MATLAB Examples

Code Generation Workflow for Exhaustive Searcher

This example shows how to generate code for finding the nearest neighbor using an exhaustive searcher object at the command line. This example shows two different methods depending on the way you use the object: load the object by using loadCompactModel in a function you declare, or pass a compile-time constant object to the generated code.


Train Exhaustive Nearest Neighbor Searcher

Load Fisher's iris data set.

load fisheriris

Remove five irises randomly from the predictor data to use as a query set.

rng('default');             % For reproducibility
n = size(meas,1);           % Sample size
qIdx = randsample(n,5);     % Indices of query data
X = meas(~ismember(1:n,qIdx),:);
Y = meas(qIdx,:);

Prepare an exhaustive nearest neighbor searcher using the training data. Specify the 'Distance' and 'P' name-value pair arguments to use the Minkowski distance with an exponent of 1 for finding the nearest neighbor later.

Mdl = ExhaustiveSearcher(X,'Distance','minkowski','P',1);

Find the index of the training data (X) that is the nearest neighbor of each point in the query data (Y).

Idx = knnsearch(Mdl,Y);

Set Up C Compiler

To generate C code, you must have access to a C compiler, and the compiler must be configured properly. For more details, see Setting Up Your C Compiler. Set up the compiler for MEX-code generation.

mex -setup
MEX configured to use 'Xcode with Clang' for C language compilation.
Warning: The MATLAB C and Fortran API has changed to support MATLAB
	 variables with more than 2^32-1 elements. You will be required
	 to update your code to utilize the new API.
	 You can find more information about this at:

To choose a different language, execute one from the following:
 mex -setup C++ 
 mex -setup FORTRAN

Generate Code Using saveCompactModel and loadCompactModel

Generate code that loads an exhaustive searcher, takes query data as an input argument, and then finds the nearest neighbor.

Save the exhaustive searcher to a file using saveCompactModel.


saveCompactModel saves the model to the MATLAB binary file searcherModel.mat as a structure array in the current folder.

Declare a function myknnsearch1 that takes query data as an input argument. Within the function, load the searcher object by using loadCompactModel, and then pass the loaded model to knnsearch.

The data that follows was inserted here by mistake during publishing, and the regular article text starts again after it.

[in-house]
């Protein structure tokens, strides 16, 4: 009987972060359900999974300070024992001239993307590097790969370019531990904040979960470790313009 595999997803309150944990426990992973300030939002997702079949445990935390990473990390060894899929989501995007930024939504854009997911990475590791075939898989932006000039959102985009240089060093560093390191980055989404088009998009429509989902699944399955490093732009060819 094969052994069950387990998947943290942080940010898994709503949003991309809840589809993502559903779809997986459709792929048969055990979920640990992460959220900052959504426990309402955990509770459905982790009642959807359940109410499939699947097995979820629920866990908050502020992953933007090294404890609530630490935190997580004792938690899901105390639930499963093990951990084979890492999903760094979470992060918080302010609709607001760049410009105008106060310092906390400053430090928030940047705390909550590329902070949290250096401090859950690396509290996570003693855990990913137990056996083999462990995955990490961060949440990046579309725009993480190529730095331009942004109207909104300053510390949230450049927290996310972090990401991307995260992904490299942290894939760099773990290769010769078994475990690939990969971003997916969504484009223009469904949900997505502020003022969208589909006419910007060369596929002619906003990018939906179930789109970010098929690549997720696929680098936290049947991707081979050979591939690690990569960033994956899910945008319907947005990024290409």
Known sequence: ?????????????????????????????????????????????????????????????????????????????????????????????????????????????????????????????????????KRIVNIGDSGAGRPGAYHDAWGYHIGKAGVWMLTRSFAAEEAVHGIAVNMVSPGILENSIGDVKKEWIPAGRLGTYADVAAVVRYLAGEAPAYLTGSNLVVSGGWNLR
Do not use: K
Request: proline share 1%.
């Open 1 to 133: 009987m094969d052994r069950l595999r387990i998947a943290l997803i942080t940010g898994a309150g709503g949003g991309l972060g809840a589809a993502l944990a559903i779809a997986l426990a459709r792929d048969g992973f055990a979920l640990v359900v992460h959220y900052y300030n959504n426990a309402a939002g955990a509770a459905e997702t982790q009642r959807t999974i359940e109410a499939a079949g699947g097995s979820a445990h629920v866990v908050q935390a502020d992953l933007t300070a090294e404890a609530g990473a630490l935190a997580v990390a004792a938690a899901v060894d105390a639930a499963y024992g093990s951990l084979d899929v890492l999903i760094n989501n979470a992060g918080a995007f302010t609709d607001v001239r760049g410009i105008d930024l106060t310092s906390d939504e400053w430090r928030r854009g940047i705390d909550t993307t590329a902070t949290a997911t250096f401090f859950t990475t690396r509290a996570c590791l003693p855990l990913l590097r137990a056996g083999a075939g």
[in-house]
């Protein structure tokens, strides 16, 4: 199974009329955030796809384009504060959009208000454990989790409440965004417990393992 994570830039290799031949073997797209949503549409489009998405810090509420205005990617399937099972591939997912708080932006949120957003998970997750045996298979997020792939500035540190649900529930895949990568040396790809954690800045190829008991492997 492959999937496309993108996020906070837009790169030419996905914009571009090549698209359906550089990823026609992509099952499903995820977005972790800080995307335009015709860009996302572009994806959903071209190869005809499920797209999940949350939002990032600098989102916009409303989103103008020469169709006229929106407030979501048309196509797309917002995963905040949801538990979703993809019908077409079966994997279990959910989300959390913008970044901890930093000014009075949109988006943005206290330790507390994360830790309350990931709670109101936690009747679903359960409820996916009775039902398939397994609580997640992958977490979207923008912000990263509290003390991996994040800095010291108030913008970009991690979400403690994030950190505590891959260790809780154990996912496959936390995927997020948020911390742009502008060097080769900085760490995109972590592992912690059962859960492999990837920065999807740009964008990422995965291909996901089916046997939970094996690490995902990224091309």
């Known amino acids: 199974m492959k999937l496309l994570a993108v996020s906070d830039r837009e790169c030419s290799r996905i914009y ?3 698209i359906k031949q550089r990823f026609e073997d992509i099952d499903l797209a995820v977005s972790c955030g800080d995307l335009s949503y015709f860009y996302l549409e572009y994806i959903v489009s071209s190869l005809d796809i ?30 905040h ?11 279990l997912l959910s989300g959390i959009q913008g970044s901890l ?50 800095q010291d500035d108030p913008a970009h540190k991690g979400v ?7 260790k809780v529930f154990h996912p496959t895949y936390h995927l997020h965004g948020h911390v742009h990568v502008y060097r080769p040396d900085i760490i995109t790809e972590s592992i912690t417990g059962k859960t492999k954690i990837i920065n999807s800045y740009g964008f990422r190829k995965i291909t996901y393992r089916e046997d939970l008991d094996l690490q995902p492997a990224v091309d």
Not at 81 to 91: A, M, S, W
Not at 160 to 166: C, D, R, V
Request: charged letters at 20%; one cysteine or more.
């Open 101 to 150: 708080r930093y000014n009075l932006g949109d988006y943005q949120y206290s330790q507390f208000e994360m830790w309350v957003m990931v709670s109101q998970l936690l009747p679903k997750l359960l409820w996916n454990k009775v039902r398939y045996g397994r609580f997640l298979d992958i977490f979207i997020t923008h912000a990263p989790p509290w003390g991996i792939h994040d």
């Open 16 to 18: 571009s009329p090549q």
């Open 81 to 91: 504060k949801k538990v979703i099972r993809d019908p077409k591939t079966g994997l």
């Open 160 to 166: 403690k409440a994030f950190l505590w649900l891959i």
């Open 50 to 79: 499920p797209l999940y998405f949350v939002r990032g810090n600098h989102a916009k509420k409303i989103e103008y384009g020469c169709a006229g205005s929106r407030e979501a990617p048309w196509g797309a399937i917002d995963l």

function idx = myknnsearch1(x) %#codegen
Mdl = loadCompactModel('searcherModel');
idx = knnsearch(Mdl,x);

Be sure to type the %#codegen compiler directive somewhere in the function.

Generate code for myknnsearch1 by using codegen. Specify the data type and dimension of the input argument by using coder.typeof.

codegen myknnsearch1.m -args {coder.typeof(Y,[Inf,4],[1,0])}

Verify that myknnsearch1 and the MEX file return the expected indices by passing the query data (Y).

myIdx1 = myknnsearch1(Y);
myIdx1_mex = myknnsearch1_mex(Y);
verifyMEX1 = isequal(Idx,myIdx1,myIdx1_mex)
verifyMEX1 =



isequal returns logical 1 (true) if all the inputs are equal. This comparison confirms that the MEX file returns the expected results.

Generate Code with Constant Folded Model Object

Declare a function myknnsearch2 that takes both an exhaustive searcher model and query data as input arguments instead of loading the model in the function.

function idx = myknnsearch2(Mdl,x) %#codegen
idx = knnsearch(Mdl,x);

To generate code that takes the model object as well as the query data, designate the model object as a compile-time constant by using coder.Constant and include the constant folded model object in the -args value of codegen.

codegen myknnsearch2.m -args {coder.Constant(Mdl),coder.typeof(Y,[Inf,4],[1,0])}

Verify that myknnsearch2 and the MEX file return the expected results.

myIdx2 = myknnsearch2(Mdl,Y);
myIdx2_mex = myknnsearch2_mex(Mdl,Y);
verifyMEX2 = isequal(Idx,myIdx2,myIdx2_mex)
verifyMEX2 =



Generate Code with Name-Value Pair Arguments

Declare a function that takes a model object, query data, and name-value pair arguments.

function idx = myknnsearch3(Mdl,x,varargin) %#codegen
idx = knnsearch(Mdl,x,varargin{:});

To generate code that allows a user-defined exponent for the Minkowski distance, include {coder.Constant('P'),0} in the -args value of codegen.

codegen myknnsearch3.m -args {coder.Constant(Mdl),coder.typeof(Y,[Inf,4],[1,0]),coder.Constant('P'),0}

Verify that myknnsearch3 and the MEX file return the expected results.

newIdx = knnsearch(Mdl,Y,'P',2);
myIdx3 = myknnsearch3(Mdl,Y,'P',2);
myIdx3_mex = myknnsearch3_mex(Mdl,Y,'P',2);
verifyMEX3 = isequal(newIdx,myIdx3,myIdx3_mex)
verifyMEX3 =